[4] In multivariate frequency analysis, the situation is similar. Most of the literature focuses on finding the best joint distribution that fits the multivariate empirical distribution of the data without accounting for the uncertainty and then the reliability of the estimates and their applicability to design problems, whereas regionalization procedures are in their early stage of development [*Chebana and Ouarda*, 2009]. As the small size of hydrological samples has a dramatic impact on the reliability of predictions of extreme quantiles [*Klemeš*, 2000a, 2000b; *Reed*, 2002; *Serinaldi*, 2009; *Xu et al*., 2010], a strong impact is also expected in a multivariate framework, in which the uncertainty of the marginal distributions combines with the uncertainty of the dependence structure, whereas the sample size is kept generally small (e.g., annual maxima). Moreover, in a multivariate context, an additional problem is the existence of infinite combinations of the studied variables (e.g., flood peak and duration) that share the same joint probability even though their impact on the design can be very different [e.g., *Salvadori et al*., 2011]. This makes the selection of appropriate design events more difficult than in the univariate analysis.

### 1.1. Overview on Multivariate Design Events

[5] To make the presentation clearer and with no loss of generality, it is worth visualizing the concepts mentioned above by referring to the bivariate case. Figure 1 shows the bivariate cumulative distribution function (CDF) and probability density function (PDF) of two generic random variables *X* and *Y* that follow a Gumbel logistic model [*Gumbel and Mustafi*, 1967] resulting from the combination of standard Gumbel marginal distributions and and a Gumbel-Hougaard copula with association parameter (Kendall correlation coefficient ). The figure also shows 5000 realizations simulated by this joint distribution and the level curves obtained by cutting the CDF and PDF surfaces through horizontal planes. Each level curve is the locus of points and . As specified by *Salvadori et al*. [2011], these curves become *p*-level surfaces and hyper-surfaces when the distribution is trivariate and multivariate. Keeping the discussion in two dimensions, Figure 1 illustrates that a virtually infinite number of combinations of *X* and *Y* share the same joint probability of nonexceedance . However, the simulations show that some points lying on a *p*-level curve are simulated more likely than others and the cloud of point obviously reflects the shape of the joint density. Therefore, even though all points on a *p*-level region have the same joint probability, under the hypothesis that the process is bivariate logistic, the different likelihood of each point must be taken into account to select appropriate design scenarios.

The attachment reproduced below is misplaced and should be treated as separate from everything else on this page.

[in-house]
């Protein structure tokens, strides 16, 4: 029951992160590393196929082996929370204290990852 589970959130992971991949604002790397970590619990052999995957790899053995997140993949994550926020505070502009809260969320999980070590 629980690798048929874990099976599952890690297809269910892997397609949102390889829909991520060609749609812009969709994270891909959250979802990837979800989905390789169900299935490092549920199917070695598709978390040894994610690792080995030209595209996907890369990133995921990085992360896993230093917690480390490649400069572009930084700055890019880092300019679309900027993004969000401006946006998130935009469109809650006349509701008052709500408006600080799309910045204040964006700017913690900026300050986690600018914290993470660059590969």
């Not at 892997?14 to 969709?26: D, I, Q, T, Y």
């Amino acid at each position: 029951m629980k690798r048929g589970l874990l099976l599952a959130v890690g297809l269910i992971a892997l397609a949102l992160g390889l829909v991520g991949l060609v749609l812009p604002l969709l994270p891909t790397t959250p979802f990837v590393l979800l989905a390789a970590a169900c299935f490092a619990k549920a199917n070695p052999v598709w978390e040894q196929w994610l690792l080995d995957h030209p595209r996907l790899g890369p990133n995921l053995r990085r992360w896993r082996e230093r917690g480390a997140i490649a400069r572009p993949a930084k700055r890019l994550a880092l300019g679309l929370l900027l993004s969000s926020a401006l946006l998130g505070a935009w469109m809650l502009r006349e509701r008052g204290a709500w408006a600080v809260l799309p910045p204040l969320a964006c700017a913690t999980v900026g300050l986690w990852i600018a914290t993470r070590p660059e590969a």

[6] The problem of selecting design events along a *p*-level curve of a bivariate CDF has been well known since at least the mid 1980s when it was tackled for instance by *Sackl and Bergman* [1987] in flood frequency analyses involving flood peak *Q* and flood volume *V* [see also *Bergman and Sackl*, 1989; *Bergmann et al*., 2001]. Namely, *Sackl and Bergman* [1987] used the peak runoff time to define an appropriate subset of a *p*-level curve through a physical boundary. After being overlooked for some years, the problem has been newly considered by *Chebana and Ouarda* [2011] and *Salvadori et al*. [2011] by exploiting the ease of mathematical manipulation offered by copulas and the advances in multivariate frequency analysis. In particular, *Chebana and Ouarda* [2011] used geometric properties of the joint CDF *p*-level curves to distinguish a so-called “proper part” of the curves (which corresponds to the central truly curved part), from a “naïve part” (the straight horizontal and vertical segments (Figure 1, bottom-left)). This approach is free from physical considerations and can be applied to every pair of random variables, thus generalizing to some extent the early idea of *Sackl and Bergman* [1987]. Almost simultaneously, *Salvadori et al*. [2011] suggested another general approach to restrict the range of design events with probability *p*. By using the copula-based formalism, and denoting a *p*-level region with the unique and general term of critical layer, they introduced the idea to use a suitable function that weights the realizations lying on the critical layer of interest. Following this approach, one can then freely choose the weight function that best fits the practical needs. One of these weight functions could be the joint PDF, which actually describes the likelihood associated with each point lying on a CDF *p*-level curve (or critical layer). Therefore, one of the solutions proposed by *Salvadori et al*. [2011] is to choose the point with the highest likelihood along the *p*-level curve. It should be noted that focusing on the density along a *p*-level curve corresponds to looking for the conditional distribution resulting from the integration of the joint density along the curve. Following this reasoning, *Volpi and Fiori* [2012] derived such a distribution and defined the proper part of the *p*-level curve as the subset of points within the two pairs of points and that define the area of the conditional distribution mentioned above. This method introduces a probabilistic selection of the proper part of a *p*-level curve, thus generalizing the approach of *Chebana and Ouarda* [2011]. Two examples of these conditional distributions are shown in Figure 2. The figure illustrates the level curves and corresponding to the logistic model described previously. The 5000-size simulated sample is also reported to better visualize how the conditional distributions reflect the spread of the points that follow the logistic model along the *p*-level curves.